References:
1. McNeilly L. Double-Gloving: Myth Versus Fact. Infection Control Today. 2011. http://www.infectioncontroltoday.com/articles/2011/04/double-gloving-myth-versus-fact.aspx  
2. Laine T, Aarnio P. How often does glove perforation occur in surgery? Comparison between single gloves and a double-gloving system. Am J Surg. 2001;181(6):564-6.
-- Eric J. Davis, MS, BSN, RN, CNOR, surgical senior clinical nurse consultant, Mölnlycke Health Care

• Protection level required for application: There are generally four key factors to consider when selecting PPE:
1. Fluid or contaminant exposure levels determining material and barrier protection attributes and fluid resistance
2. Regulatory standards and protocol for PPE usage at your facility, dictating whether AAMI or certain ASTM testing standards are required
3. Duration and any special parameters of use for each application to determine durability needed
4. Maintaining reasonable levels of user comfort and breathability, while ensuring key protective priorities are preserved
• Product design and features: Selecting products with specific features that ensure proper coverage, secure and ideal fit, and to maximize compliance and facilitate proper donning/doffing procedures. Quality materials and construction ensure reliable, consistent protection and performance with every use.  Proper fit helps to ensure minimal restriction of movement and potential stress points that can compromise barrier protection; minimizing bulky fit areas maximizes apparel/gown safety and reduces chance of PPE interfering with the task.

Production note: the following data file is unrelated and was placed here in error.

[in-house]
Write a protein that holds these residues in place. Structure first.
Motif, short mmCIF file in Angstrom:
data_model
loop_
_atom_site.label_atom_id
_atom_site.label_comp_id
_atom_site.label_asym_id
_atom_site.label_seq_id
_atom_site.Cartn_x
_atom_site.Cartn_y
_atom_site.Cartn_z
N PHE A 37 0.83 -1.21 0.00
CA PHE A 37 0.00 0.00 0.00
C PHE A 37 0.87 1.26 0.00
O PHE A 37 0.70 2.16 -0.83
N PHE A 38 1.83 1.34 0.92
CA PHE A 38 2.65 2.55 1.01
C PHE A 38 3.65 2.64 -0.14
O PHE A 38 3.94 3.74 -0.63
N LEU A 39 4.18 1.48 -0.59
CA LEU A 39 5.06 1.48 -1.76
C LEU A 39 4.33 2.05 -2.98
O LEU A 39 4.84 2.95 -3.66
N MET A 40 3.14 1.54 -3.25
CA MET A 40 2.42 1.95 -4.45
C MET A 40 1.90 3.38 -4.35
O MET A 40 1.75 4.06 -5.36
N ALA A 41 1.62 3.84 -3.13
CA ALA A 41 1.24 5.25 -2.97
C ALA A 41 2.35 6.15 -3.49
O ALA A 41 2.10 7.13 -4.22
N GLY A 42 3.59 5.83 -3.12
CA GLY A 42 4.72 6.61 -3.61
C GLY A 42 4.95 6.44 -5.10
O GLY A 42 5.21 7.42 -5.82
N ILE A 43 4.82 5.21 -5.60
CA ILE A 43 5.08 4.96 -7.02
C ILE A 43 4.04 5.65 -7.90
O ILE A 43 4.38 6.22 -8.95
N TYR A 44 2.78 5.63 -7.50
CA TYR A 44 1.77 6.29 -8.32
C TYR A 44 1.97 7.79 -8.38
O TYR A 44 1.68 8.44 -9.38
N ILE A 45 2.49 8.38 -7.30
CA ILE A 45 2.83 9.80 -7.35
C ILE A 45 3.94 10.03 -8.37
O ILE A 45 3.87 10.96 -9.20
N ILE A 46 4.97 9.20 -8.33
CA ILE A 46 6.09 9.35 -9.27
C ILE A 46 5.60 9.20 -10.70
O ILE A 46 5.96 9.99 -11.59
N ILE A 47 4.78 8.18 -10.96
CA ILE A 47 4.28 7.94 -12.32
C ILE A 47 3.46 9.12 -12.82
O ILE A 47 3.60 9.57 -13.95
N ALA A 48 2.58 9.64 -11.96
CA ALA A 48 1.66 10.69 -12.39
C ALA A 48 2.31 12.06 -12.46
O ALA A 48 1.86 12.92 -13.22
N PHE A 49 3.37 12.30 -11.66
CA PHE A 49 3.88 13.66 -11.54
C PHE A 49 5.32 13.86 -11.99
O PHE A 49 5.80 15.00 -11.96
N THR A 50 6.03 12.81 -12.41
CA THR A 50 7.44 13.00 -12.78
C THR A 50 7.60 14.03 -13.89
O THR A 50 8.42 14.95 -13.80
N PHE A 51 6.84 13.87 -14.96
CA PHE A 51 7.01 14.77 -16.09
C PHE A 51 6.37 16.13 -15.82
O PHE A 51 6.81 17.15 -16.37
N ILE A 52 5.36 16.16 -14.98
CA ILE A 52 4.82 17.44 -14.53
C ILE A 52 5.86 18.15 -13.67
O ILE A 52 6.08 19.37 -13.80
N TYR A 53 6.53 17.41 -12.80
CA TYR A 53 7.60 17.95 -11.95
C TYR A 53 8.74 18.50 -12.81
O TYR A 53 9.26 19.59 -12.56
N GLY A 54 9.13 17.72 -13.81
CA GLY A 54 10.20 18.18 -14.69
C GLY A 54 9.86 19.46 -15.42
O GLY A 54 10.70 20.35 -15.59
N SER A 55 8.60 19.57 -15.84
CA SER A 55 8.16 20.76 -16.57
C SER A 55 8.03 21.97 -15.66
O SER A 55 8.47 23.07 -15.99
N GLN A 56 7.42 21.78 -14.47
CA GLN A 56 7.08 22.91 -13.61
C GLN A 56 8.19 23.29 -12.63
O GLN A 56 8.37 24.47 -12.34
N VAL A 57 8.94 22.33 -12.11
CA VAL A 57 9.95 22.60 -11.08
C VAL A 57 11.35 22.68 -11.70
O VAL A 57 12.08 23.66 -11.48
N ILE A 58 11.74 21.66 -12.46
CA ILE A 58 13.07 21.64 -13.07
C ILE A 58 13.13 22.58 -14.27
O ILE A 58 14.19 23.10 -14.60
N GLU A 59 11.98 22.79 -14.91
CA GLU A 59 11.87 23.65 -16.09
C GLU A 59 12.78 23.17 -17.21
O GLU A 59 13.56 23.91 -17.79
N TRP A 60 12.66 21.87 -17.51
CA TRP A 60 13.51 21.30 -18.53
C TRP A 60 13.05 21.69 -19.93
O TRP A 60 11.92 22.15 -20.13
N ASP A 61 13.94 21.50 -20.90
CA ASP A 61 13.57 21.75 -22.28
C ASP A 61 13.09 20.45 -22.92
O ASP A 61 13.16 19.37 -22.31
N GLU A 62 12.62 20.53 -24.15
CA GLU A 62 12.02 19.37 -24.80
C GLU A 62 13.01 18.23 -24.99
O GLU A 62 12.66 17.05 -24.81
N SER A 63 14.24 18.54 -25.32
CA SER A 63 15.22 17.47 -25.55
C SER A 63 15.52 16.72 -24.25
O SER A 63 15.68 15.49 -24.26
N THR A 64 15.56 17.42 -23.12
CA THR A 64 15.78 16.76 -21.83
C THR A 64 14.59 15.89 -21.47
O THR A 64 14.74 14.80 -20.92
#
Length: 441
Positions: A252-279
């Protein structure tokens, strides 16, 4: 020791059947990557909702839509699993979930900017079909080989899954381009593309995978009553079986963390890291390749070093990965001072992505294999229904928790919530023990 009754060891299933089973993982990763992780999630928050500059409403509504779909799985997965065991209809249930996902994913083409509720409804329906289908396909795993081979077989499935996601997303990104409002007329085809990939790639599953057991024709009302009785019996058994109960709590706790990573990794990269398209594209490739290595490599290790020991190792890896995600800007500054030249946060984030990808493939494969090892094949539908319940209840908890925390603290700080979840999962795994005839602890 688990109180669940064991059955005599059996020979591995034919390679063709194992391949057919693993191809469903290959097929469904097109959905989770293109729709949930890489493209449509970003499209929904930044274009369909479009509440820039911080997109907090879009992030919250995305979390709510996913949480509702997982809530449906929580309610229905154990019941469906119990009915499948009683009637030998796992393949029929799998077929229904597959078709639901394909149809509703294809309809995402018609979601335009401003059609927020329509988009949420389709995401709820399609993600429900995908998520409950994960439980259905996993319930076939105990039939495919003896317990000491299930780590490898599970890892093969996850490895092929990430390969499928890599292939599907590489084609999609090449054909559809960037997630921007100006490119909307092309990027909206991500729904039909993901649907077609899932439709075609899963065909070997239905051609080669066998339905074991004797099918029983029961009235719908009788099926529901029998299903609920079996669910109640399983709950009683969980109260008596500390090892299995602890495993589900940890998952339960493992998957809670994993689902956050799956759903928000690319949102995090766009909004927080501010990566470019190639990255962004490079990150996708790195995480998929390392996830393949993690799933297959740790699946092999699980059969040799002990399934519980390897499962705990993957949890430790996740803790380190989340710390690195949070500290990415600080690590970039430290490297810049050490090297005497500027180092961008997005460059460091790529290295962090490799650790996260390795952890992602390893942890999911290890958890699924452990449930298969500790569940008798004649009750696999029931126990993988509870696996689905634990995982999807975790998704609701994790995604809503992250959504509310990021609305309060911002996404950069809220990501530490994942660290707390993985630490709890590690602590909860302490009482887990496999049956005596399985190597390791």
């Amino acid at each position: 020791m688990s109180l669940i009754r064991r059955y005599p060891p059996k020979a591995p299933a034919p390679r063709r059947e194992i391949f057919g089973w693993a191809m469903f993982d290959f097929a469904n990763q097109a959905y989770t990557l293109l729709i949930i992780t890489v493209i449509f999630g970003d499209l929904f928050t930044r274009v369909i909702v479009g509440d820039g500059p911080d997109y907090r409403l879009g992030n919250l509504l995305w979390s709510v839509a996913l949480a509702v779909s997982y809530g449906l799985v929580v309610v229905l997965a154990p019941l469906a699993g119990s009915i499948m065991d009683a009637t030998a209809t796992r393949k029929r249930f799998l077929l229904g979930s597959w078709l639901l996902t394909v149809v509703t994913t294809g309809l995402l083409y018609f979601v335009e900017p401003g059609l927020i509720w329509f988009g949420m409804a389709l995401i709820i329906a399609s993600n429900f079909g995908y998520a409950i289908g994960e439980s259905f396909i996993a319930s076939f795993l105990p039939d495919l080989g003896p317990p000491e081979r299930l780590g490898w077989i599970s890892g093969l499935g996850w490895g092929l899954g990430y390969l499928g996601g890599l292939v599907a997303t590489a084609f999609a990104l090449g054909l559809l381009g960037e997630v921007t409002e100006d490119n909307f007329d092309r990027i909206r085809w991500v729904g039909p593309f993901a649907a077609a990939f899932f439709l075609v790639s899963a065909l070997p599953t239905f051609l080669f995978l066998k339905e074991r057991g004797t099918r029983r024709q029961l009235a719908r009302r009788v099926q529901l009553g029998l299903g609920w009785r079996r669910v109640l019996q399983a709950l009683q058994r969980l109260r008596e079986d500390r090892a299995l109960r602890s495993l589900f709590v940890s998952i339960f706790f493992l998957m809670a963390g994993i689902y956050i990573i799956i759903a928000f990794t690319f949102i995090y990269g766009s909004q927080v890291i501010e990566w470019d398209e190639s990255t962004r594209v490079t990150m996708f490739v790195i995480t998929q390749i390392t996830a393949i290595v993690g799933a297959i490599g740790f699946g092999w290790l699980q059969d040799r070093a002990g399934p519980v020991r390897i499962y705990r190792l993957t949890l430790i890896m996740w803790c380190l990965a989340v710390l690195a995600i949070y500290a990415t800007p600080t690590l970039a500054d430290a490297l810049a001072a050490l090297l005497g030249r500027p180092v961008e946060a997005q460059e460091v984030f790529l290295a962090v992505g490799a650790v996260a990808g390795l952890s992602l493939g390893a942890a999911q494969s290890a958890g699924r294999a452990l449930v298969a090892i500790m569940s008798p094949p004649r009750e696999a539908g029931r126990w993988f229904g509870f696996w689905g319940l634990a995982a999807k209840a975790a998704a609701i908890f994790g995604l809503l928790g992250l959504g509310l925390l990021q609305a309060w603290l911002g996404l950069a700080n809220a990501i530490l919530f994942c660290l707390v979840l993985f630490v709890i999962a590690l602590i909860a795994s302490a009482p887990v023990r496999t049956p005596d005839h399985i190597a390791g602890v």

• Manufacturer and product supply chain integrity: Choosing a supplier and manufacturer with a proven, well-controlled and sophisticated Global Supply Chain system will help to ensure quality and consistency of manufacturing, uninterrupted supply for disposable single-use PPE products, and strong service excellence.
-- Edmund S. Tai, vice president of healthcare, Tronex International Inc.
 

ICT: What are some suggestions for how to effectively introduce and educate on PPE-related products/services to healthcare workers?

First, having employee buy-in is important. Educating your workers about the hazards and need for PPE, the options available, the features, the benefits, and comfort concerns – all of these are significant, but allowing them to try PPE on a trial basis to see how it feels and performs goes a long way toward getting your staff to adopt new PPE. They need to feel comfortable with the change. PPE is very personal because it is worn by the worker and because of what is at stake. Like most workers, healthcare staff take their health very seriously and want to feel reassured they’ve been protected throughout the day. A PPE supplier may provide training materials for you on proper use and fit testing, and may also provide ongoing support/training to facilities who use their PPE to help ensure compliance and confidence. This includes considering the Industry Guidelines, including AORN for the operating room environment, CDC for updated pandemic details and OSHA standards for occupational safety information.
-- Kelly Huppert, technical service specialist, 3M Infection Prevention Division